Dancing In The Wake
The Story Of Lucia Joyce
Dancing in the Wake tells the lively and ultimately tragic story of an extraordinary and talented young woman who grew up in the shadow of her famous father, James Joyce. Bolwell recreates the gaiety and creative fervour of 1920s Paris where Lucia trains to be a dancer at the studio of Isadora and Raymond Duncan. Lucia also aspires to join the famous performer Josephine Baker in her show ‘La Revue Nègre’. In her mid-twenties Lucia is diagnosed with schizophrenia.
The play shows her struggle with this illness, supported by her friend and troubled lover, the playwright Samuel Beckett. Lucia’s parents, James Joyce and Nora Barnacle, have differing views on the state of their daughter’s health. Jan Bolwell describes Dancing in the Wake as “an exploration of what can happen to the talented child of a very famous parent in struggling for recognition and a sense of personal identity. Was her illness caused by this or did it compound the problem?”
Dancing in the Wake blends drama, dance and music. Says Bolwell: “Because Lucia Joyce was a dancer I wanted to tell her story through stylised movement as well dramatised scenes. The challenge has been to try and integrate the two seamlessly throughout the play.”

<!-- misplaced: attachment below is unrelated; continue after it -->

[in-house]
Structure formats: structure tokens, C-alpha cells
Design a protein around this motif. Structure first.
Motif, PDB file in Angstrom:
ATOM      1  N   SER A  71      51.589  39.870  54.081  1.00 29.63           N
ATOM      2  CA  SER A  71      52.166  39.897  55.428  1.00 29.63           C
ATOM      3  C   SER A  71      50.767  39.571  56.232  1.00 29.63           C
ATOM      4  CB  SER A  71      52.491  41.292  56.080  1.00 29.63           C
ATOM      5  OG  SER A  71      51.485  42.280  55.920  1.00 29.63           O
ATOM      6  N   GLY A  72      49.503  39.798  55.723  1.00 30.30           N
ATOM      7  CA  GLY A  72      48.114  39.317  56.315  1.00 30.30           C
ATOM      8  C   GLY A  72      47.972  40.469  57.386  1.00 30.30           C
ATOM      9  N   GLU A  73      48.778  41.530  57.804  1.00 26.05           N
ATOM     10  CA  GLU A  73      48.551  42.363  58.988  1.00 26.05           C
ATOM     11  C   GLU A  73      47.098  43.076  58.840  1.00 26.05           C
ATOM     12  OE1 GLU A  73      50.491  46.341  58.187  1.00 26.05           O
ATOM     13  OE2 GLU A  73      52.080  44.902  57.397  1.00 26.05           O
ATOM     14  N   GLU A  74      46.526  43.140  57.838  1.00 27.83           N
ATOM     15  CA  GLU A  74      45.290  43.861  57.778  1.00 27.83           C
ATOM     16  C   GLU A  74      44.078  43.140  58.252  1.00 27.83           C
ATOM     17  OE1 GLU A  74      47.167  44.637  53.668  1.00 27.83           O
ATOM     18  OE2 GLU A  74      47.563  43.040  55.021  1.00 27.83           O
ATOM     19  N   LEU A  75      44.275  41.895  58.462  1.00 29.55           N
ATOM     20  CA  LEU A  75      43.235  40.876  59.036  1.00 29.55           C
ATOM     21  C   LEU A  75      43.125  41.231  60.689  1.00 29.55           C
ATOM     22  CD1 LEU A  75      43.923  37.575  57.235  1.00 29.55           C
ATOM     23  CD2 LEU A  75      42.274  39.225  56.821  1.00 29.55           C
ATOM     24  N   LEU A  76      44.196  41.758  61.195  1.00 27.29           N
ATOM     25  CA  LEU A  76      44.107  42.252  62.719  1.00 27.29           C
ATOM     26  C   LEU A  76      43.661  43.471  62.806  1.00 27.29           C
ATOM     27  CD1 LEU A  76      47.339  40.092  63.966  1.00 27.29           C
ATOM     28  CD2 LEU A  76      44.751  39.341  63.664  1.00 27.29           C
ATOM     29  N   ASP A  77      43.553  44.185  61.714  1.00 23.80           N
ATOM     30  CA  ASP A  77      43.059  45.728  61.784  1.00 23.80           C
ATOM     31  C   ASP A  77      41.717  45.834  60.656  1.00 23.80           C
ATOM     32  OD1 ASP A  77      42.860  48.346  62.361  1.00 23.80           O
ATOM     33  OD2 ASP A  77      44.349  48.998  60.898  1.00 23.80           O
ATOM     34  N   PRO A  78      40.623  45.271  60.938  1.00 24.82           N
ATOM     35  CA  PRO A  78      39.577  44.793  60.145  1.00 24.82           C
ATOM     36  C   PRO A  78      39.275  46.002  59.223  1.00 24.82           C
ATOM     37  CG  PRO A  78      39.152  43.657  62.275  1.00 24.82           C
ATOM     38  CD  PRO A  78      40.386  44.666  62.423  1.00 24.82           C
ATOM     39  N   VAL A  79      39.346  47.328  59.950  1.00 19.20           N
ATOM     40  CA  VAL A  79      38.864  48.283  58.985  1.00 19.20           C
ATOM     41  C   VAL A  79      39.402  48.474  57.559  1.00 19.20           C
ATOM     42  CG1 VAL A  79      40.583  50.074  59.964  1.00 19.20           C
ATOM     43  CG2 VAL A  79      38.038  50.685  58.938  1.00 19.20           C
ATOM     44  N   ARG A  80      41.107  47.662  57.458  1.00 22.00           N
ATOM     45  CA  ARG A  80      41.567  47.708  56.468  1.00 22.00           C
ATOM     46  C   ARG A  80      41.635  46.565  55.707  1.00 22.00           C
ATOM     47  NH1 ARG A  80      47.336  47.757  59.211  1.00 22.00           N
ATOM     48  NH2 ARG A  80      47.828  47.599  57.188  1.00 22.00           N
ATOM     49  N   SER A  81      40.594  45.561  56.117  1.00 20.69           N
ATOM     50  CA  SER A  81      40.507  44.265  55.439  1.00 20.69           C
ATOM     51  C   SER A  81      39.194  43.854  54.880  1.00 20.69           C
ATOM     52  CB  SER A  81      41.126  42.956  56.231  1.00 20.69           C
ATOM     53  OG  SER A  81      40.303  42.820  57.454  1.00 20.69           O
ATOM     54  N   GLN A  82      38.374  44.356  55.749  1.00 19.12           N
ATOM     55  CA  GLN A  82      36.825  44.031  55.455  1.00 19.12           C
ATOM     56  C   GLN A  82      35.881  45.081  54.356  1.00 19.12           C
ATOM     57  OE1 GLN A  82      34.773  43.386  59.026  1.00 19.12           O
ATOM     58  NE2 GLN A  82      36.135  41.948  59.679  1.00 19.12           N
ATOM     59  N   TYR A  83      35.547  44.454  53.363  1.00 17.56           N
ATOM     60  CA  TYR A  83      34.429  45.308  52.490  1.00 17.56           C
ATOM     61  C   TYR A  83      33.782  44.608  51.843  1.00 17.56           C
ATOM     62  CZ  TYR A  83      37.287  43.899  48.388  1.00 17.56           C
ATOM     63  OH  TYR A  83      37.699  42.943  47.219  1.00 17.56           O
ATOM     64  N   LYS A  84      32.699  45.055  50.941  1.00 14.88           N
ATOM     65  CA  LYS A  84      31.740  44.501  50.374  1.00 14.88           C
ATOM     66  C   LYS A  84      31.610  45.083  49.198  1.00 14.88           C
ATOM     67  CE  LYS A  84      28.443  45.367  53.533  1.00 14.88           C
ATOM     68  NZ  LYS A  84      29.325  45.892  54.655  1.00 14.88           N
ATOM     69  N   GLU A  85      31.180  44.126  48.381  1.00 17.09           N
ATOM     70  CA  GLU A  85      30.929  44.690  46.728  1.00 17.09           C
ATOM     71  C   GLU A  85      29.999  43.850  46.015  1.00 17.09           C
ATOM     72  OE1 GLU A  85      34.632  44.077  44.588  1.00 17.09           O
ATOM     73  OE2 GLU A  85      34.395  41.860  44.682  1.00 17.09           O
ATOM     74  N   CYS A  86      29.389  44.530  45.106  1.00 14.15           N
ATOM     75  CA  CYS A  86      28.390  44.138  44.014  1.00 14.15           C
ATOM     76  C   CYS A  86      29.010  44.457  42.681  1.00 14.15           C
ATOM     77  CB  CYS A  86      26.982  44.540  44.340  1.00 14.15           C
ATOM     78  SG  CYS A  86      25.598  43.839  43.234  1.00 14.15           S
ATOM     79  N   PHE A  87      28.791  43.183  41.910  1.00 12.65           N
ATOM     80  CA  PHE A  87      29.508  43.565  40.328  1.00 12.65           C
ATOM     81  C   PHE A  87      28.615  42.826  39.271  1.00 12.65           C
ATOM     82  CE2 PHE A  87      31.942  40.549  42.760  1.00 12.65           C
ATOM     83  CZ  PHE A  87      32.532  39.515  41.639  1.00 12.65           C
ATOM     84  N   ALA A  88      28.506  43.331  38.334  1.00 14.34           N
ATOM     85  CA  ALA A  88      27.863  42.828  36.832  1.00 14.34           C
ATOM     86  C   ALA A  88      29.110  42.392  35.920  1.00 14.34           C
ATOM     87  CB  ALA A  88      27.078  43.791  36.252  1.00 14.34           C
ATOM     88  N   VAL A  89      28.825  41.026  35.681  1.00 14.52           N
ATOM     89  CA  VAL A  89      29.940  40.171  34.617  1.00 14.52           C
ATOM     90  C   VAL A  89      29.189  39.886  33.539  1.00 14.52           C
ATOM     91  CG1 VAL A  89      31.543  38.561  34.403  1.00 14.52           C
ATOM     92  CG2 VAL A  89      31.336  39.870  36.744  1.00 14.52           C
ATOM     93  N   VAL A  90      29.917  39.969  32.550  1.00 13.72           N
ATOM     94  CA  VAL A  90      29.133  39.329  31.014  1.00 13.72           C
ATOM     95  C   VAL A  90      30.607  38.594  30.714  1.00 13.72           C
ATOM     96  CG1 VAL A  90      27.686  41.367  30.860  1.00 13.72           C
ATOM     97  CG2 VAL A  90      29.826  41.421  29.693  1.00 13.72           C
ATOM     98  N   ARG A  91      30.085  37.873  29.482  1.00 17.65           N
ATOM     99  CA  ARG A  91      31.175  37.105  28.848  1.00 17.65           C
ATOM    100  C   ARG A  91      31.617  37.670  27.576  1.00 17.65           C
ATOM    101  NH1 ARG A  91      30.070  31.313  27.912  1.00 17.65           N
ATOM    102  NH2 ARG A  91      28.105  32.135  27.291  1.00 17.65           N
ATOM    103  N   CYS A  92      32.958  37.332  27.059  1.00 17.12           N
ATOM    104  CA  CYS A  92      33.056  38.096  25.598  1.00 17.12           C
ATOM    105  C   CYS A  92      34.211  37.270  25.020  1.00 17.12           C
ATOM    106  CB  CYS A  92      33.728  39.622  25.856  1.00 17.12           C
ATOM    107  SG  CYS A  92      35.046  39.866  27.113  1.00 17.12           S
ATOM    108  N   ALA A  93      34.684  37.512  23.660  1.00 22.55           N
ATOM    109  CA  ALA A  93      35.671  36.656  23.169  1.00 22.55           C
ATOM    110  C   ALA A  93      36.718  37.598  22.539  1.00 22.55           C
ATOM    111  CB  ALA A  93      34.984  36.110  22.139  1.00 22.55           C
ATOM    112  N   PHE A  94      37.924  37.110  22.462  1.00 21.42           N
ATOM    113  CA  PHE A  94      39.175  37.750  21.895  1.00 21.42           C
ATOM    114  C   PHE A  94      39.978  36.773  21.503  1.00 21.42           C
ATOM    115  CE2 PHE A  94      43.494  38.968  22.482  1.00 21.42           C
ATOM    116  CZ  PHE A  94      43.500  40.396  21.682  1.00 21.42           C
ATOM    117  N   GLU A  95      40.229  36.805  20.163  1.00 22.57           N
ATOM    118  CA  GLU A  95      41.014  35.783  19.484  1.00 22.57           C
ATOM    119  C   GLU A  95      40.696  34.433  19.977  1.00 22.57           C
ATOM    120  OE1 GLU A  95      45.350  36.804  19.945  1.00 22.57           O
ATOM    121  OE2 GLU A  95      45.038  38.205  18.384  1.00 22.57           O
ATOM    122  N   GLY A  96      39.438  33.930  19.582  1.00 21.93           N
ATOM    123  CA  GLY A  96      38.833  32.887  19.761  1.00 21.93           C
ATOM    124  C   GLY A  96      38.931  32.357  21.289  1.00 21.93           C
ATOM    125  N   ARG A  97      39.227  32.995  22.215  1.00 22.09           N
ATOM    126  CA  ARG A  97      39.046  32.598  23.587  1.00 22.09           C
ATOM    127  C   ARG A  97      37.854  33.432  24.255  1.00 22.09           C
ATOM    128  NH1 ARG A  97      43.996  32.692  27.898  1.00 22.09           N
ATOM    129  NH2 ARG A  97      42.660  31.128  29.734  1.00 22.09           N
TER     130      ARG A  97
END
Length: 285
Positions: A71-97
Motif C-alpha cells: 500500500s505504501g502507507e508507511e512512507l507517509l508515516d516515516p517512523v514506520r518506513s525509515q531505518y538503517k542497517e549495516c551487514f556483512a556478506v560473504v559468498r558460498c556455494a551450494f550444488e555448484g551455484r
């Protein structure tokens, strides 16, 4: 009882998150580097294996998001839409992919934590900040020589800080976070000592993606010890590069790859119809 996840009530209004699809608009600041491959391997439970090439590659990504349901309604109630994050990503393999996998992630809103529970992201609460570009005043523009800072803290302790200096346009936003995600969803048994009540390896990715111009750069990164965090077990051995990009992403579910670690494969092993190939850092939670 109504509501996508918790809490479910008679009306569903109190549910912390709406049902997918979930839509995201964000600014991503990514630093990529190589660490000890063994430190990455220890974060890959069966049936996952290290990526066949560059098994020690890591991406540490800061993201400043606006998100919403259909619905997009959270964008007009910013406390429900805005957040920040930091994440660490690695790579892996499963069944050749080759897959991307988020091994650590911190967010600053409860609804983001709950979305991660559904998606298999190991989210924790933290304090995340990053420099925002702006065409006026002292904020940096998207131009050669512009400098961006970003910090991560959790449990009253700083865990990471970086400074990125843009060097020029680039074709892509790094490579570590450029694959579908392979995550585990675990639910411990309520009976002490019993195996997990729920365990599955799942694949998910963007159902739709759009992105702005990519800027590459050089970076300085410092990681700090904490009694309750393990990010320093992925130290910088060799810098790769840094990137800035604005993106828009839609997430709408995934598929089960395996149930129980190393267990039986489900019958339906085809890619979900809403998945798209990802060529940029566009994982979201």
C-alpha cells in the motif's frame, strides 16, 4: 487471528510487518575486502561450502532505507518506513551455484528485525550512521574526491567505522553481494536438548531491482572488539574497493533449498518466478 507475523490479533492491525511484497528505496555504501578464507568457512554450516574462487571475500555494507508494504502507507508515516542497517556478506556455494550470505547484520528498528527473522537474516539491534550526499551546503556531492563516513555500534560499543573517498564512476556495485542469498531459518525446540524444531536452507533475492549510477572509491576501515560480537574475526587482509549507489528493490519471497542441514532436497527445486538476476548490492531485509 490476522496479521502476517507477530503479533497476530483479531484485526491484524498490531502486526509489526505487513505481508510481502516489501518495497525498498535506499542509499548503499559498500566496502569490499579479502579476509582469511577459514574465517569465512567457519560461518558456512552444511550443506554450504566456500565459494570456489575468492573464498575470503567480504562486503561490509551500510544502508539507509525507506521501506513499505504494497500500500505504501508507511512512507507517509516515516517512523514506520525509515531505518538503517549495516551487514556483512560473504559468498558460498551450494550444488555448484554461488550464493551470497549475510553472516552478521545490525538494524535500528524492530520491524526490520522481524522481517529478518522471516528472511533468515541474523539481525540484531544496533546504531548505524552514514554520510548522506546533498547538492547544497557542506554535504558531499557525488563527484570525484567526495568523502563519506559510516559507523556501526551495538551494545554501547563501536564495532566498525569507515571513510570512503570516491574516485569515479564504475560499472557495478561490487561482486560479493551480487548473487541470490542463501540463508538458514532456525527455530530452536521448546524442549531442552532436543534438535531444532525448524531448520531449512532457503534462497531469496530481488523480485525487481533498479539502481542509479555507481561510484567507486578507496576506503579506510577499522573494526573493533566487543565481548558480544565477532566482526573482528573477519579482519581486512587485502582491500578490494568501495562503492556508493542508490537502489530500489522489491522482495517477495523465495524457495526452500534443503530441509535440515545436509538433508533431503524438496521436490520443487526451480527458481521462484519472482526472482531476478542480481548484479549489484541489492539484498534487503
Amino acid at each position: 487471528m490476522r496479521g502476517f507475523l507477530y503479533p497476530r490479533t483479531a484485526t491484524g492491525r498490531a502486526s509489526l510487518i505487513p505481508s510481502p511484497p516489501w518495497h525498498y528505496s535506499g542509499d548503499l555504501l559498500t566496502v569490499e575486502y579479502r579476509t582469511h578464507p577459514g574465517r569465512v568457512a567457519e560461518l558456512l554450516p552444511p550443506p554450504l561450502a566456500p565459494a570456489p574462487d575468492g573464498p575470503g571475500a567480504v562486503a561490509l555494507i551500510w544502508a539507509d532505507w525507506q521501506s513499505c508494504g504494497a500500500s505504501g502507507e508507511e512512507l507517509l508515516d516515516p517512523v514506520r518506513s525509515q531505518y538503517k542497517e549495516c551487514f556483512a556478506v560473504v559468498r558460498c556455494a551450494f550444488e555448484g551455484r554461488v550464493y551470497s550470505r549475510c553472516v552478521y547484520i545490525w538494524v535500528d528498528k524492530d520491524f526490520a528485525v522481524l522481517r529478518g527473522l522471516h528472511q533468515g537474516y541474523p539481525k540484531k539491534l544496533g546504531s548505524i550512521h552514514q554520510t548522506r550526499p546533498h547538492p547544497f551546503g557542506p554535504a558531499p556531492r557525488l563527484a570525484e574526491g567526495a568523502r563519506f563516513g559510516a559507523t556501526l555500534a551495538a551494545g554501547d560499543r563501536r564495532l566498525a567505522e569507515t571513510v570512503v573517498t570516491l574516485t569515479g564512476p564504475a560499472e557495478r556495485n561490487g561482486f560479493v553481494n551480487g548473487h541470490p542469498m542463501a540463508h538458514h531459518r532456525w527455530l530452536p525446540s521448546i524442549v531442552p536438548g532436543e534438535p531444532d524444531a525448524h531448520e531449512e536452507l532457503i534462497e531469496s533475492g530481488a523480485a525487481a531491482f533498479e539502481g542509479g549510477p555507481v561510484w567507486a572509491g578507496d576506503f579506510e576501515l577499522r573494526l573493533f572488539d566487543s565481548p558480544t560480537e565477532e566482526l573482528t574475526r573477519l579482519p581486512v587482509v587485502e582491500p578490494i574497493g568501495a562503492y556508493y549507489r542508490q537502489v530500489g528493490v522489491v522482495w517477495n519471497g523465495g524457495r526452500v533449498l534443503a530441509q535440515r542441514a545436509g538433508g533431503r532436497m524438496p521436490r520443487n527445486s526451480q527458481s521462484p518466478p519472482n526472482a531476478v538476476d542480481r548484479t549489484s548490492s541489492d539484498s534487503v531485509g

Dancing in the Wake has begun its season with strength and finesse, and will continue so with each performance. I highly recommend you see this performance from Jan Bolwell and her collaborative team. Bravo.
- Launched: 2012
- Writer: Jan Bolwell
- Choreographer: Jan Bolwell
- Jan Bolwell (director of the Crows Feet Collective) plays both old and young Lucia
- Sacha Copland (director and choreographer of Java Dance Company) dances young Lucia
- John Smythe (actor, writer and theatre critic) plays Samuel Beckett, James Joyce and Carl Jung.
- Producer: Faye Jansen
- Director: Deborah Pope (Awkward Productions; Wellington Circus Trust)
- Musical Director:
- Stage Manager:
Jan Bolwell has written a short, absorbing play tracing the tangled relationships of the novelist [Joyce], his intractable wife, Nora, the increasingly disturbed Lucia, and the kindly but romantically uncommitted Beckett. It is told in a medley of flashbacks so a picture emerges of Lucia’s descent into schizophrenia (diagnosed by Carl Jung no less) and her long slow decline in institutions until she dies in 1982. What enhances and crystallises the play and the period so vividly are the dance sequences. If you want a short outline of the major dancers of the early 20th century, Josephine Baker, Vaslav Nijinsky, and Isadora Duncan ‚ then Sacha Copland provides it with some dramatic, fluid dancing, all the more amazing for being performed in such a confined space.